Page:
Who in the hell started this idea that 1.6 rockers are somehow wrong? It must have been some idiot who never built anything besides a stock sbc as there are many many many engines that comes from the factory with other ratios. Also, how is it better to run a steeper love rather than more rocker ratio to achieve the same lift?

As for durability- can't argue with what the general uses in their crate and hot cam packages.
It makes little sense to use 1.6 rockers on a street motor small block Chevy. Now, if you're talking race motor, great, knock yourself out, use 1.8 rockers if you can make them work. But here on this forum, we're dealing with fellows who are looking for a little more grunt from their street motor, not looking for every last horsepower and making the valvetrain work harder than it has to. We have enough trouble with fragging cams and lifters as it is, without adding fuel to the fire.

A change from 1.5 to 1.6 adds 16% more effort to the cam lobe and the lifter crown for a return of ~10-15 horsepower in most cases. What difference does it make if the motor is making 400 hp or 410 hp? The driver ain't gonna feel it in the seat of his pants anyway.

You do what you feel you have to do and I'll continue advising against higher ratio rockers on street motors, favoring long life rather than extracting every last horsepower from a motor.
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Old 11-27-2013, 02:15 PM
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Adding 1.6or 1.65 rockers especially on the intake side can be very effective when more lift at the valve
is desired. But a cam seat to seat duration change is not desired.

Especialy effective once the SBC head has been ported as most of the flow gain from porting is realized at higher valve lifts.

EG: a .450" valve lift with a 1.5 rocker becomes a .495" lift when 1.65:1 rockers are used.
Duration remains the same. Max lift and upper lift valve open area is increased right where you can use it with a ported SBC head. The valve lift change factor is 1.1 for a 1.5 to a 1.65 change.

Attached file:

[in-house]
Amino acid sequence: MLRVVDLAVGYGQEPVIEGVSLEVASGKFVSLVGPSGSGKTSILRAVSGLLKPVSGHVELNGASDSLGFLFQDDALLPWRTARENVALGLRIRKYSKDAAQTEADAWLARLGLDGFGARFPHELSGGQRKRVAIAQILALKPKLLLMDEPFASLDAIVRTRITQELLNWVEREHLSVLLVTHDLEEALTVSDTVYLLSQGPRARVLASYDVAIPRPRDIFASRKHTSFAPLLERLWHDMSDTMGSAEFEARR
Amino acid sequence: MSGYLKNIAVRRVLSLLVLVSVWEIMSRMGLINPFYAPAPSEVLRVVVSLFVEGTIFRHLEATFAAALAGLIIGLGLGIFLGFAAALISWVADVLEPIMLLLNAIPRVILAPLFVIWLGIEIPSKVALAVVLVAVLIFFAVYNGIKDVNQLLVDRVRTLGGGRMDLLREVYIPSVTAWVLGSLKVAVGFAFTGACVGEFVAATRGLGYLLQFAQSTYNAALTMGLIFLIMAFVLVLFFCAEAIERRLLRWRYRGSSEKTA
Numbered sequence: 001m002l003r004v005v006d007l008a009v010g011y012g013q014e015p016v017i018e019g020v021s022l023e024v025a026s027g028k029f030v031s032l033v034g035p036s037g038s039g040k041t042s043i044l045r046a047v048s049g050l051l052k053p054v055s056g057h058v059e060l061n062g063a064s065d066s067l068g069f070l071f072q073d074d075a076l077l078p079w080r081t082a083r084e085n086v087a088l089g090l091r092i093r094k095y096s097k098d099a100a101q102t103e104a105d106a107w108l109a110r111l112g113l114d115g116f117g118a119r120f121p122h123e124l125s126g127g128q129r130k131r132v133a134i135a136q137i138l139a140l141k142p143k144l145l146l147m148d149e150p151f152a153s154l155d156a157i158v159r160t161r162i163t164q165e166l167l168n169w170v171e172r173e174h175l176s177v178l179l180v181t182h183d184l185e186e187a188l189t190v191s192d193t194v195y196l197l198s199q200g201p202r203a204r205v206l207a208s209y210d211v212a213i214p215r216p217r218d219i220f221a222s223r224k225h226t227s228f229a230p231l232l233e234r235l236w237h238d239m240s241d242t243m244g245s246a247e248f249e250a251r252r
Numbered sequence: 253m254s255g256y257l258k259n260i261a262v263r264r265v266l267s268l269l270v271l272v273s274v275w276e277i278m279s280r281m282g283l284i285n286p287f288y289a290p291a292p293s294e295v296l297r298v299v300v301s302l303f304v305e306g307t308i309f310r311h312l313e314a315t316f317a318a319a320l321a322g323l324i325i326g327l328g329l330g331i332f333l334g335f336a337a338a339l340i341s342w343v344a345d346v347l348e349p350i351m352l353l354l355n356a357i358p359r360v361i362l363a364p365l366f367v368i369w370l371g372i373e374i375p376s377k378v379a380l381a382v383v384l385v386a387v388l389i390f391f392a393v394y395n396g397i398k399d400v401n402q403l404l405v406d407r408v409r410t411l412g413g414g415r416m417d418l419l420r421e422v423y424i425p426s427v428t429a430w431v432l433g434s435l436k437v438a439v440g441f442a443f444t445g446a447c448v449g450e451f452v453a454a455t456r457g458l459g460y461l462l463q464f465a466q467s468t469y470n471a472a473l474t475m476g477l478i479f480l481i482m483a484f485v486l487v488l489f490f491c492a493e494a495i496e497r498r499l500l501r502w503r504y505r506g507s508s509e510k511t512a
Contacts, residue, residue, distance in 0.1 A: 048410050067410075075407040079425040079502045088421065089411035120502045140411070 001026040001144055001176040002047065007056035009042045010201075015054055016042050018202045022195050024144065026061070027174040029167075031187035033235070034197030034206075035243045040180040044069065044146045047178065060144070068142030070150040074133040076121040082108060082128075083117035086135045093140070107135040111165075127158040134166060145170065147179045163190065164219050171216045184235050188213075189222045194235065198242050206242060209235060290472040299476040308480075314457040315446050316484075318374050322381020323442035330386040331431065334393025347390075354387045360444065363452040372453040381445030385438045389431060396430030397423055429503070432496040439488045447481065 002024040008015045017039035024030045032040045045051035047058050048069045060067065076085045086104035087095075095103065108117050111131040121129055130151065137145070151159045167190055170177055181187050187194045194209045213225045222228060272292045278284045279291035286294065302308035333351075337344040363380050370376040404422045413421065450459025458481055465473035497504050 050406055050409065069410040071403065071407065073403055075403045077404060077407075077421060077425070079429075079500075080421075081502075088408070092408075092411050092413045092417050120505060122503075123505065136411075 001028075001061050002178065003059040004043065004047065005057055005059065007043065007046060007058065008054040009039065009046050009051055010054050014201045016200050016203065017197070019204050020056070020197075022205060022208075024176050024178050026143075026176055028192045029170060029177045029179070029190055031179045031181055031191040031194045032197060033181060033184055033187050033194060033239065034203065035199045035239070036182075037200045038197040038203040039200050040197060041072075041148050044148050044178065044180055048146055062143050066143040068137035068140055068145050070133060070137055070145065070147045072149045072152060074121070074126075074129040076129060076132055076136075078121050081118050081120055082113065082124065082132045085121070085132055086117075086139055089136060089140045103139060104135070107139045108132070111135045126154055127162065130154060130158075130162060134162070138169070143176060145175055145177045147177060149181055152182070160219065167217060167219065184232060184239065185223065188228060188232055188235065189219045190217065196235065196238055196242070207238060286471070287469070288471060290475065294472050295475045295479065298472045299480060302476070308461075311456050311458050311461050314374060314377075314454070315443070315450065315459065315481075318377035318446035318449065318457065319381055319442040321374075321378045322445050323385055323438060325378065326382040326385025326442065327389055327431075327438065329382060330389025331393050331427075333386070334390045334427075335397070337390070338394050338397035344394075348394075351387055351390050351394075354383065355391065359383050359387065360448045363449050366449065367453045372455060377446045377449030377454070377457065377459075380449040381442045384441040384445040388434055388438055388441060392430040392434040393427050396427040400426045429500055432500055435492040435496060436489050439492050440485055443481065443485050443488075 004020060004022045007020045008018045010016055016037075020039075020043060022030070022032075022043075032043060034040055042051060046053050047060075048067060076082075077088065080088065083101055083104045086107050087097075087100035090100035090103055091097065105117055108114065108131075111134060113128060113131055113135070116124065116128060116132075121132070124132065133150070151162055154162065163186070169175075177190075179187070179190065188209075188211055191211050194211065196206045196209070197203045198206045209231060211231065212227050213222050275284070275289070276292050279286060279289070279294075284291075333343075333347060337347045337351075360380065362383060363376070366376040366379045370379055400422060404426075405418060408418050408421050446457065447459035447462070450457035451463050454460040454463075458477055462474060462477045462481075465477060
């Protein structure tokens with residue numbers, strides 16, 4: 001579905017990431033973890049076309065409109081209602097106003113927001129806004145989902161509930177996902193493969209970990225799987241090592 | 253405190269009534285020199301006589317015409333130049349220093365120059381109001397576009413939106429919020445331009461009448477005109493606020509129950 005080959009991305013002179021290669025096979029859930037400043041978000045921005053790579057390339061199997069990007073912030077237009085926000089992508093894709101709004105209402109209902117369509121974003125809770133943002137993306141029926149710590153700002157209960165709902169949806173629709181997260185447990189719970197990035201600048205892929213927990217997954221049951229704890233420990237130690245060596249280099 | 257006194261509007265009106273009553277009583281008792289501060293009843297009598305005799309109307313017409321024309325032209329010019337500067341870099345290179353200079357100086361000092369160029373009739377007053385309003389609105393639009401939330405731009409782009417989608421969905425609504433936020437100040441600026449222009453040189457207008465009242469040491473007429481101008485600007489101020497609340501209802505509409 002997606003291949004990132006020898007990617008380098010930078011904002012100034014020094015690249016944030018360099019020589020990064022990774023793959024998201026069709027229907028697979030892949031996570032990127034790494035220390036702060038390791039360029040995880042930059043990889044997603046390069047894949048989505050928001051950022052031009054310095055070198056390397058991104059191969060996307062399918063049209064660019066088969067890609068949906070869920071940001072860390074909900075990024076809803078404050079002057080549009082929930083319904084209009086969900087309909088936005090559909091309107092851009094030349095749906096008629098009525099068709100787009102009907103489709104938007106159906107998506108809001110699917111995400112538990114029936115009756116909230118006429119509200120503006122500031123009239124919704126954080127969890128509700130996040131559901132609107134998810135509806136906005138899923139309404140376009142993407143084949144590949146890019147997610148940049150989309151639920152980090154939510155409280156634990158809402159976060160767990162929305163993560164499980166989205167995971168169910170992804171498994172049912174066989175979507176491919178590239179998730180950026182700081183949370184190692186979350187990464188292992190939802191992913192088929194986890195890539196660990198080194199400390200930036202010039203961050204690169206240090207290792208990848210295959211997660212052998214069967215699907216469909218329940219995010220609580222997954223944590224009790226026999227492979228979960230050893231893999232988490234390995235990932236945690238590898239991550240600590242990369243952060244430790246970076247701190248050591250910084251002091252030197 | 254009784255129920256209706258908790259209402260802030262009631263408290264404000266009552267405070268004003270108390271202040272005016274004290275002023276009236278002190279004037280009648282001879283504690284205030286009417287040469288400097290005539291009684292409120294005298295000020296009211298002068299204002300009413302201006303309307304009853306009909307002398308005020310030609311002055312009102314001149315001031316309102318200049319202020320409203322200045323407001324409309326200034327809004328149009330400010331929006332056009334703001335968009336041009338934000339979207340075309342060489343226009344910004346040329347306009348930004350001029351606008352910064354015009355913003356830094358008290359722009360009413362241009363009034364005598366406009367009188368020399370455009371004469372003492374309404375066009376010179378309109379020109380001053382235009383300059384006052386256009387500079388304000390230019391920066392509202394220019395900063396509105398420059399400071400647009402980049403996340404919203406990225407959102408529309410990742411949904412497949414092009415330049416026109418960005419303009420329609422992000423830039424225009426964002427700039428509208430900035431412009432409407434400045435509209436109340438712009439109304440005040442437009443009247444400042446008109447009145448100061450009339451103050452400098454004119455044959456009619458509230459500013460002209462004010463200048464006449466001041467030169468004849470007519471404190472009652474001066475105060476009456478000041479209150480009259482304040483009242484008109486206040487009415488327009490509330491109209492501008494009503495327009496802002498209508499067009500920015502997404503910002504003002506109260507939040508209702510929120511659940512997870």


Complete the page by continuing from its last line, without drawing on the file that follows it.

The exhaust port side tends to respond more to cam duration changes.

here is a wexample of effective use of higher ratio rockers.
Cam 214-224 @.050 .442"in .465"ex @1.5 112LSA hyd flat tappet.

swap on 1.65 in and 1.6 exhaust valve lift becomes .486" in .495" ex
Duration stays the same but upper area and peak valve lift is increased.
Much like the gain seen when a hyd roller cam is used.
But at flat tappet cam prices. now the valves lift high enough to allow a ported head to flow more.

Another example:
Crane Powermax H278-2 (HMV 278-2) camshaft (one of my favorite little street blower-nitrous cams)
278-290 222 234 @.050" .467" in .494"ex 1.5 rockers.
Now swap on a 1.65 intake rocker only
net valve lift is now .513" intake .494" exhaust (no change)
More intake valve lift, very near hyd roller cam valve lift curve and performance but at a flat tappet cam price.
Lets a ported street head work.
Duration stays the same.

Last edited by F-BIRD'88; 11-27-2013 at 02:38 PM.
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Old 11-27-2013, 02:49 PM
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Now you picked up 30 horsepower. That makes a difference.

Using the GMPP beehive valve springs really maxes the effectiveness of this rocker mod on a street/strip SBC.

Last edited by F-BIRD'88; 11-27-2013 at 02:55 PM.
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Old 11-27-2013, 03:05 PM
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For durability/endurance, I always use steel rockers, whether they are Crower, Comp or the long ago Norris. I have never had one fail.